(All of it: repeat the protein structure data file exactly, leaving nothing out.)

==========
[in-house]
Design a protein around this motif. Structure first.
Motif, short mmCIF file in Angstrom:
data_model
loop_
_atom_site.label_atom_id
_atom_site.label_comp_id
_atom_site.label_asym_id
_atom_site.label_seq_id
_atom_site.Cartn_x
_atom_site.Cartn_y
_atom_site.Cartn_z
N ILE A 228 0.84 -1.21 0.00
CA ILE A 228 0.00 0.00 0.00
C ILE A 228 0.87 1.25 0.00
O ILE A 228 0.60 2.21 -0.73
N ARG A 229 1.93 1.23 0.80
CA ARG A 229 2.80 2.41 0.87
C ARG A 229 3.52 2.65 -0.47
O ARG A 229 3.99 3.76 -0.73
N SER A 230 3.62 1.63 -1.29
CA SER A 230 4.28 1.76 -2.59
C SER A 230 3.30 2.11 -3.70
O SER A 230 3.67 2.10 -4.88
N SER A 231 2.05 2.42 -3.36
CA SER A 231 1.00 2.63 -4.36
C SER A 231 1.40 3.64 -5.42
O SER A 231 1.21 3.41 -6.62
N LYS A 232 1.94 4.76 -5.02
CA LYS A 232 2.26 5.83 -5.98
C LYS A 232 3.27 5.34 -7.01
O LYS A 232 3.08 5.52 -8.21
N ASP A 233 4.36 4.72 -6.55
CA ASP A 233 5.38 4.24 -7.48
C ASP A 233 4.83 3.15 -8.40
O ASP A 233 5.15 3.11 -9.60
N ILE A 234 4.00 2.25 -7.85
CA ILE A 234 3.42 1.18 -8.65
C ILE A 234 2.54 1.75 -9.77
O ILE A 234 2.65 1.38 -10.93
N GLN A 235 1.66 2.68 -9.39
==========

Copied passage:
[in-house]
Design a protein around this motif. Structure first.
Motif, short mmCIF file in Angstrom:
data_model
loop_
_atom_site.label_atom_id
_atom_site.label_comp_id
_atom_site.label_asym_id
_atom_site.label_seq_id
_atom_site.Cartn_x
_atom_site.Cartn_y
_atom_site.Cartn_z
N ILE A 228 0.84 -1.21 0.00
CA ILE A 228 0.00 0.00 0.00
C ILE A 228 0.87 1.25 0.00
O ILE A 228 0.60 2.21 -0.73
N ARG A 229 1.93 1.23 0.80
CA ARG A 229 2.80 2.41 0.87
C ARG A 229 3.52 2.65 -0.47
O ARG A 229 3.99 3.76 -0.73
N SER A 230 3.62 1.63 -1.29
CA SER A 230 4.28 1.76 -2.59
C SER A 230 3.30 2.11 -3.70
O SER A 230 3.67 2.10 -4.88
N SER A 231 2.05 2.42 -3.36
CA SER A 231 1.00 2.63 -4.36
C SER A 231 1.40 3.64 -5.42
O SER A 231 1.21 3.41 -6.62
N LYS A 232 1.94 4.76 -5.02
CA LYS A 232 2.26 5.83 -5.98
C LYS A 232 3.27 5.34 -7.01
O LYS A 232 3.08 5.52 -8.21
N ASP A 233 4.36 4.72 -6.55
CA ASP A 233 5.38 4.24 -7.48
C ASP A 233 4.83 3.15 -8.40
O ASP A 233 5.15 3.11 -9.60
N ILE A 234 4.00 2.25 -7.85
CA ILE A 234 3.42 1.18 -8.65
C ILE A 234 2.54 1.75 -9.77
O ILE A 234 2.65 1.38 -10.93
N GLN A 235 1.66 2.68 -9.39